Objects in Action
Jutta Eckstein is an independent consultant and trainer from Munich, Germany. Her experience in agile processes is based on over ten years experience in developing object-oriented applications. Besides engineering software she has been designing and teaching OT courses in industry. Having completed a course of teacher training and led many 'train the trainer' programs in industry, she focuses also on techniques, which help teach OT, and is a main lead in the pedagogical patterns project. She has presented work in her main areas at OOPSLA, OT and EuroPLoP.
She is a member of the board of Hillside Europe e.V., the association to advance expert knowledge (in the shape of patterns) about practice- proven techniques for analysis, architecture and programming of software systems as well as for the formation of organizational and team structures for software development. She is furthermore a member of the program committee of XP 2002, XP- and Agile Universe 2002, EuroPLoP 2002, OT2002 and OOPSLA 2002.
TUTORIAL, half day, Friday afternoon
"Scaling Agile Process: Agile Software Development in Large Projects"
One saying is that, if you have a hundred people on a development team, get rid of at least eighty of them and keep the top twenty (or less). As a result the chances for project success will raise significantly. But maybe you don't have even twenty top ones and/or the company just have these hundred people sitting around. It seems like the only places where large projects with huge teams seem to really work are projects where everything is formalized, the requirements are fixed and, most importantly, they don't change over time. A detailed plan can be set up and every successive action will stupidly follow the plan. Example are defense projects or projects with a similar structure, such as in airlines or nuclear power plants.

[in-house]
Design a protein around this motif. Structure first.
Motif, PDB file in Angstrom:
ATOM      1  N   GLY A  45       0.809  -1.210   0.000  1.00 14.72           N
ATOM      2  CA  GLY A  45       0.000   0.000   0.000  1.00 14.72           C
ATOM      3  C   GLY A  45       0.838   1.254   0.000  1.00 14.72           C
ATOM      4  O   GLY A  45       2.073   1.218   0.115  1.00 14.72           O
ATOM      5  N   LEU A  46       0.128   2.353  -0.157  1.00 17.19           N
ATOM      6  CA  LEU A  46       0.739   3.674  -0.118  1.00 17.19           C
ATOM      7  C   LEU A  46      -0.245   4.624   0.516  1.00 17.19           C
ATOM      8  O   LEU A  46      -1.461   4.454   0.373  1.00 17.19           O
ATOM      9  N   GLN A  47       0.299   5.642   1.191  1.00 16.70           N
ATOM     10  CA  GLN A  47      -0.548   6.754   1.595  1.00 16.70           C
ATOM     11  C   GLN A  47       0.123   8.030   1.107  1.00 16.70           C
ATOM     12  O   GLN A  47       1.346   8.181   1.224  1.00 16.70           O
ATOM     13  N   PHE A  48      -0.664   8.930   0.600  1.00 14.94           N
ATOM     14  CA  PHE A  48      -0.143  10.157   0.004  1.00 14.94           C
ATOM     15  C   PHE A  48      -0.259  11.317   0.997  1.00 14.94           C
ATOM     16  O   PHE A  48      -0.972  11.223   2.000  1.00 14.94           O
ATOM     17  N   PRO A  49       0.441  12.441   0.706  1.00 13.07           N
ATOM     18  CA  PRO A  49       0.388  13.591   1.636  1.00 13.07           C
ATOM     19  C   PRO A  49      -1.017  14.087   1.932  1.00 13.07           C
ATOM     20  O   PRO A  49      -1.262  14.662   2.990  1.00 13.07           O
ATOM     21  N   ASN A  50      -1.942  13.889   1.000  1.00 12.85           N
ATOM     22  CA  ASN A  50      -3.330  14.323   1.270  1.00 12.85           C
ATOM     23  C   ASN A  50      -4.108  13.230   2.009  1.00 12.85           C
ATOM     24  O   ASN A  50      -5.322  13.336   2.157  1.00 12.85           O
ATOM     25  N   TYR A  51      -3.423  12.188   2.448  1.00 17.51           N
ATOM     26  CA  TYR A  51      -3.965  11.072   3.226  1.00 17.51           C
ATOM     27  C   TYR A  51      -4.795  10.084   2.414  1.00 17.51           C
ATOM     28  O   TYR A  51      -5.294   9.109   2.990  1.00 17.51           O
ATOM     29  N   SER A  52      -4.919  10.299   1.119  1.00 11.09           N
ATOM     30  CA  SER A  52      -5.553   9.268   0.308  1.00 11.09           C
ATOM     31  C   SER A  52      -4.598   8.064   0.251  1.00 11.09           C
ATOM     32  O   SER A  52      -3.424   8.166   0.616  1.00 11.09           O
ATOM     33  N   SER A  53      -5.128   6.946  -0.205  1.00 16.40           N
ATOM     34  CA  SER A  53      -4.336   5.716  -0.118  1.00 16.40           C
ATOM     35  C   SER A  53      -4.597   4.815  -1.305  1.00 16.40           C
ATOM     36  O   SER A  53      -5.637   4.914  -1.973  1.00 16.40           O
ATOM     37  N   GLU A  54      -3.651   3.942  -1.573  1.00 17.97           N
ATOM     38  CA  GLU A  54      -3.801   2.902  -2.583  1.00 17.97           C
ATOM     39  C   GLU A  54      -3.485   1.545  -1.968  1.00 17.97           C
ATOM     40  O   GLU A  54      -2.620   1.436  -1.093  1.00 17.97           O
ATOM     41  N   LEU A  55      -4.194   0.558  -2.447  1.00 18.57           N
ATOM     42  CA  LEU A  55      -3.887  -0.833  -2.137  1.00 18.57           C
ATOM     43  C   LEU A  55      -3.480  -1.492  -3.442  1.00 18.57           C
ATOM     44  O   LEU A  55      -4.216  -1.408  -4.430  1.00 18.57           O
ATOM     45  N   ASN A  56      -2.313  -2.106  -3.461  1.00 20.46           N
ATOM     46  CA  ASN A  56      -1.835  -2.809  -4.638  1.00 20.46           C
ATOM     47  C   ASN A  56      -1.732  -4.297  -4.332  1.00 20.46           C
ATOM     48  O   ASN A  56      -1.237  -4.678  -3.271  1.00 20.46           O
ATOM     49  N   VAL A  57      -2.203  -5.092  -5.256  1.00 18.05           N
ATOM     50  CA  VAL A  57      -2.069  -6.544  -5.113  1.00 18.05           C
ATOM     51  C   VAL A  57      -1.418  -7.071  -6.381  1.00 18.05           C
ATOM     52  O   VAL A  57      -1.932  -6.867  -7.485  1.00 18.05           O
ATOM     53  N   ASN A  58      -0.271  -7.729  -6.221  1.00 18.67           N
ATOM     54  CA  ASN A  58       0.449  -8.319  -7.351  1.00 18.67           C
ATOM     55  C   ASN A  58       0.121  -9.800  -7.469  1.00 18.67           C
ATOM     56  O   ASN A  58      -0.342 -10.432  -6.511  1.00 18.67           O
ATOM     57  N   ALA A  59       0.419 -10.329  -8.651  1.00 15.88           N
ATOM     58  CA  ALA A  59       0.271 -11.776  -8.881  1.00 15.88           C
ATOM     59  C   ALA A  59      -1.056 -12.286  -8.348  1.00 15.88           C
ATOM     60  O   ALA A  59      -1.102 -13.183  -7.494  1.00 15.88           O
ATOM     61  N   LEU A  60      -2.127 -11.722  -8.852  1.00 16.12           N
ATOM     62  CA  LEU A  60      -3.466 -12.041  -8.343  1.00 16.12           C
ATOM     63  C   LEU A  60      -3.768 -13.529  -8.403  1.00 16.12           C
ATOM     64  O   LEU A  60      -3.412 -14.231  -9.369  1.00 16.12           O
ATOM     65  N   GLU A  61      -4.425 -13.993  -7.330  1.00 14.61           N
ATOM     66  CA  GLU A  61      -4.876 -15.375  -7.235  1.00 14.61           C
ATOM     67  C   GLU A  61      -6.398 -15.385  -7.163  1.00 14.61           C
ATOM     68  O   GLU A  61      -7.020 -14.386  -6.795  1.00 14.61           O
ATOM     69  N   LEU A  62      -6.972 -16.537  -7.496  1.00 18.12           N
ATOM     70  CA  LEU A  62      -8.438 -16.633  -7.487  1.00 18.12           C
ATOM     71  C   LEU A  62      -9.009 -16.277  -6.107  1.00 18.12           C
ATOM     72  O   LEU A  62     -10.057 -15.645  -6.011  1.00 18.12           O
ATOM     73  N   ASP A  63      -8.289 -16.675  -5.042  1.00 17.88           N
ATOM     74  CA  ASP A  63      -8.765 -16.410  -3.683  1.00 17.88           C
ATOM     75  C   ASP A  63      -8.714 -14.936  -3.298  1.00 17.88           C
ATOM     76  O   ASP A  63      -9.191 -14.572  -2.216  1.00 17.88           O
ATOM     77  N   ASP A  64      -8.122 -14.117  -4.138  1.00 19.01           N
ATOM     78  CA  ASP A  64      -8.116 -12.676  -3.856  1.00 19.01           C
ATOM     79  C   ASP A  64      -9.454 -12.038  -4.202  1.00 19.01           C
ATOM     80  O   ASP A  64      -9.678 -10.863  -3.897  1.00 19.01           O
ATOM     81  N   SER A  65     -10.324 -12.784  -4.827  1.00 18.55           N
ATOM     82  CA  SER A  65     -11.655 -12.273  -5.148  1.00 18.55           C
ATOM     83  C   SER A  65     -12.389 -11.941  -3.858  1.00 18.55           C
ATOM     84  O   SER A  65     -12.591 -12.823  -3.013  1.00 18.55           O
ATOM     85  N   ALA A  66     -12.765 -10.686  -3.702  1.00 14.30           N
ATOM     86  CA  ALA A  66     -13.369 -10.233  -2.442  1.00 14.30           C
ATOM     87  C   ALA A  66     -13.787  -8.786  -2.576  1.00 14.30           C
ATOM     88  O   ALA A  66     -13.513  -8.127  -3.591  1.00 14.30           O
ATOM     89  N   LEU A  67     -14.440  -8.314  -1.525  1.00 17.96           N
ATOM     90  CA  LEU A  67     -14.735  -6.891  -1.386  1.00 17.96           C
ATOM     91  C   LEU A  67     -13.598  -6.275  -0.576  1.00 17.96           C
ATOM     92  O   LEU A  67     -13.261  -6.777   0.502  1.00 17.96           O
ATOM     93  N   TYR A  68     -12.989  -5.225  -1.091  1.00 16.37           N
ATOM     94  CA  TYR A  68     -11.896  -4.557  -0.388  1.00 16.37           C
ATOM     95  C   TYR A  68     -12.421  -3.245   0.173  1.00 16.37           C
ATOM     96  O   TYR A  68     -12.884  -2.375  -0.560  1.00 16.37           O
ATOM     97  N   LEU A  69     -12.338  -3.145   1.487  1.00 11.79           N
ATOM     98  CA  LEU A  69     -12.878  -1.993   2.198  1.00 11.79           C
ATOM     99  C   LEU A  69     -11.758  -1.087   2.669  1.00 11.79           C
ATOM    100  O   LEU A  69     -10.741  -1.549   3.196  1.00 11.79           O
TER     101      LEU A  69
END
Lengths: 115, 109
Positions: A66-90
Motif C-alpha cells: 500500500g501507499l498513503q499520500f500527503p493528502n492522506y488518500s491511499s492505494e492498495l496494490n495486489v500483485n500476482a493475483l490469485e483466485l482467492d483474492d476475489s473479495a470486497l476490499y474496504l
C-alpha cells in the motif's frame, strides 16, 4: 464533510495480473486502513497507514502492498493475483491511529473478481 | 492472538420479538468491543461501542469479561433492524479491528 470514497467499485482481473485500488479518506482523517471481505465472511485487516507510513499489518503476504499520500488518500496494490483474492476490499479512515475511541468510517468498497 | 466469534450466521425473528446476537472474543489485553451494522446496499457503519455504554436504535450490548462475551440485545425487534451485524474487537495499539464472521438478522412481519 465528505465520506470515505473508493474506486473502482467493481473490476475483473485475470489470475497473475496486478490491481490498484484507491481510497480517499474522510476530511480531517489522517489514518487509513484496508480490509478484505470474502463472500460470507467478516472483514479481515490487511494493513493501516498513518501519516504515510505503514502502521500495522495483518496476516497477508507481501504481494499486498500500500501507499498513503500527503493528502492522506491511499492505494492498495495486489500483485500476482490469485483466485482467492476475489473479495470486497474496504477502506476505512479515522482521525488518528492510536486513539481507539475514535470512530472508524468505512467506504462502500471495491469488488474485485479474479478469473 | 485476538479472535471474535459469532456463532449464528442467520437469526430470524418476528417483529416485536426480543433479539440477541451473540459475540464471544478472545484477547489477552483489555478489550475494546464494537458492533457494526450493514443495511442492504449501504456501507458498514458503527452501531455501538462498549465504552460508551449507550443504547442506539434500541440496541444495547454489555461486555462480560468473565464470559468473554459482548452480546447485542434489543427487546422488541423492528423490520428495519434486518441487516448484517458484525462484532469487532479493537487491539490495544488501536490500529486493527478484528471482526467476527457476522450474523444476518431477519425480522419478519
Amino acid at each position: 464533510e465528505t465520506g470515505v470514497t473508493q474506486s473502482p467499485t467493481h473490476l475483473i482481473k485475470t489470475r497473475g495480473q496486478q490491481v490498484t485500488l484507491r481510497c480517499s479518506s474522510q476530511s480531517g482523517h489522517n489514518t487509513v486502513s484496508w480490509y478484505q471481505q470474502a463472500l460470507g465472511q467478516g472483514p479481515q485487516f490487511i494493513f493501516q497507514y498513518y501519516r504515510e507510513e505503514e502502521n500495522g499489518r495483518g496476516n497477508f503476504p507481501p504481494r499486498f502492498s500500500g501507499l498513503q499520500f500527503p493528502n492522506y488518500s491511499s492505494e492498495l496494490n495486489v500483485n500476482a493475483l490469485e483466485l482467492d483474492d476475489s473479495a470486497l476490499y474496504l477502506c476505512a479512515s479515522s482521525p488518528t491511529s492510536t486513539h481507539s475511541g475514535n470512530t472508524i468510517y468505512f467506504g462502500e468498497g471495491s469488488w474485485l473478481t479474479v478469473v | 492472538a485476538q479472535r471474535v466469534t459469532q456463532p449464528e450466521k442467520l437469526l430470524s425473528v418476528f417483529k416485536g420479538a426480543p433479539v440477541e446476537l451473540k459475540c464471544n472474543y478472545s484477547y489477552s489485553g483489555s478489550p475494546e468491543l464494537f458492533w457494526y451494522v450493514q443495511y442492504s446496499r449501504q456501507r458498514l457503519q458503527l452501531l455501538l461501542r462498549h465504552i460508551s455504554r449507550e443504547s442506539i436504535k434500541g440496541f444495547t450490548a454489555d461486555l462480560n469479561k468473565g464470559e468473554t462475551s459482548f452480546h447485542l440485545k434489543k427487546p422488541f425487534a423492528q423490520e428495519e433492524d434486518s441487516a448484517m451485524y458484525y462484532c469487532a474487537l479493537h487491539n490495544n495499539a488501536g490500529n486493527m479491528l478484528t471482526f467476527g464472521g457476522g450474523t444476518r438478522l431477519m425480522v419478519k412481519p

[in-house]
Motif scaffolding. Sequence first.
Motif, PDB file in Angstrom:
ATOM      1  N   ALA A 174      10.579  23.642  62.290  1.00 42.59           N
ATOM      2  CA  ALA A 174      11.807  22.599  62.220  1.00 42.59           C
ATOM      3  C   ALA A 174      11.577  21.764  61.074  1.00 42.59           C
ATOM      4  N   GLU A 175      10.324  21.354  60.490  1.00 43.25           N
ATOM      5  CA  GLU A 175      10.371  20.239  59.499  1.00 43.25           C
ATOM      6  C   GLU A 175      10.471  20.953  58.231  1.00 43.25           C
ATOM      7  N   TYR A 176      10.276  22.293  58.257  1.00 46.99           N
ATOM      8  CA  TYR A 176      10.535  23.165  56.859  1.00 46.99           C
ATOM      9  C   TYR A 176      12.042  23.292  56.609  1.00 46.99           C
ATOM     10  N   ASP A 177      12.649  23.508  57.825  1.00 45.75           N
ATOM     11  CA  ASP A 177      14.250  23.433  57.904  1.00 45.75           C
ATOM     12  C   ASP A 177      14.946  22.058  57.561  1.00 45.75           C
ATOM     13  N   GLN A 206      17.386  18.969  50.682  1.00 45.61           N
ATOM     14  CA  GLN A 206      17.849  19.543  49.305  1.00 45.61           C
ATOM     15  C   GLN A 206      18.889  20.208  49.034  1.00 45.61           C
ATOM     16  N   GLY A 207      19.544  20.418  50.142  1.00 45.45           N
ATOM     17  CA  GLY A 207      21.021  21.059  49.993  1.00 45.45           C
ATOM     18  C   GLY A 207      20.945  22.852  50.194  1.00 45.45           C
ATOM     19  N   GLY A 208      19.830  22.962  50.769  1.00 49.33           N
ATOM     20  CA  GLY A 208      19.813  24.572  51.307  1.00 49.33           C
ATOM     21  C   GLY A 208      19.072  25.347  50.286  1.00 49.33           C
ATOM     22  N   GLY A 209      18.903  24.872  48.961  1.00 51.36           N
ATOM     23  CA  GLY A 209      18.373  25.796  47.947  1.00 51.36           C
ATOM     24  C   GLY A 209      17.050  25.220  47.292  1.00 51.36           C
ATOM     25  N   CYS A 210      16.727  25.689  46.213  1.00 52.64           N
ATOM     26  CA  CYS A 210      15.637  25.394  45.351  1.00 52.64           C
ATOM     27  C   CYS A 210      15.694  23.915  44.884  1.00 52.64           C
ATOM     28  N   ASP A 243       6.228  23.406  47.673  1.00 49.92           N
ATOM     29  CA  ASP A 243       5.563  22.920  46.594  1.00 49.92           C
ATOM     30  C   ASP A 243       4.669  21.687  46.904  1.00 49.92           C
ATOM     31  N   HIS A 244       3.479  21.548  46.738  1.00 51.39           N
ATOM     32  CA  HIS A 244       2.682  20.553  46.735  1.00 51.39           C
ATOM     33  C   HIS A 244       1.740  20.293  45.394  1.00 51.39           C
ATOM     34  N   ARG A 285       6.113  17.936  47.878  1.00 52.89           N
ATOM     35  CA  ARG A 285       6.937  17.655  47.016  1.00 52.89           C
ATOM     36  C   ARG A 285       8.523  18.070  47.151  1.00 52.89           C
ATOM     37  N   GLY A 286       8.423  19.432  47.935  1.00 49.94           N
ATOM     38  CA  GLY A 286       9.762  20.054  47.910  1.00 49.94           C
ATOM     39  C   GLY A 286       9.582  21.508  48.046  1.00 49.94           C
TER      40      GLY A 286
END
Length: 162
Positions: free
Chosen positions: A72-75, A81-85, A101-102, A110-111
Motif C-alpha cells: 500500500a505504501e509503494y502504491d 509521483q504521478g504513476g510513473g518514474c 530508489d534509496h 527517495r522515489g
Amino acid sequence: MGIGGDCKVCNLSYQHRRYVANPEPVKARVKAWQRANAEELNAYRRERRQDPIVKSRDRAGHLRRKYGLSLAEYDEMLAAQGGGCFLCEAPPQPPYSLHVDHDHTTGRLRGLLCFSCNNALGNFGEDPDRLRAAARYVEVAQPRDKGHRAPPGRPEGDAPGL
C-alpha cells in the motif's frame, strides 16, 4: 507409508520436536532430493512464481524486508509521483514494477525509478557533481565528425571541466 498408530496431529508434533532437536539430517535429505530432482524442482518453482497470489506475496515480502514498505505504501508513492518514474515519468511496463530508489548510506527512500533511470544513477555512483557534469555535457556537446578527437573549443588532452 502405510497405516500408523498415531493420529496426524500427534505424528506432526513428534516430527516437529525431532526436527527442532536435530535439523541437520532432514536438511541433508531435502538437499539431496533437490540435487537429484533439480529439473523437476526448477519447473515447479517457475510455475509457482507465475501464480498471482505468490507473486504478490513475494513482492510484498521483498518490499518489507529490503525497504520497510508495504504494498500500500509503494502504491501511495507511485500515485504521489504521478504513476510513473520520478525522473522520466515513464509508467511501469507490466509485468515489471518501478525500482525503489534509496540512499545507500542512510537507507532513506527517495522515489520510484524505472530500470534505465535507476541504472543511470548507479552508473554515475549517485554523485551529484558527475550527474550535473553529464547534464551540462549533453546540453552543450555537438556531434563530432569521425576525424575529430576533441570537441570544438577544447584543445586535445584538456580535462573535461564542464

We as software-engineers tend to question software engineering in the large not only because most of the agile processes claim to work only for small teams, also because most of the failed projects are really large ones. (Well, maybe nobody talks about failed small projects.) However, there are more than enough projects that are large in some sense. So, the question arises, how to use aspects of agile software development in large projects. This tutorial doesn't want to focus on every aspect of agile processes, but on those who we encountered to be mainly different in large projects. The differences might be that some things have to be implemented differently, because at a specific size of the project things don't work out the normal way anymore. Other differences are based on problems, which pop up especially in large teams, or rather which won't be problems at all in small teams.
This tutorial is based on our experience coordinating - so far successfully - a large (currently 160 people) project. Although we are still in the process of learning we would like to share our experiences about how agile processes can serve large projects.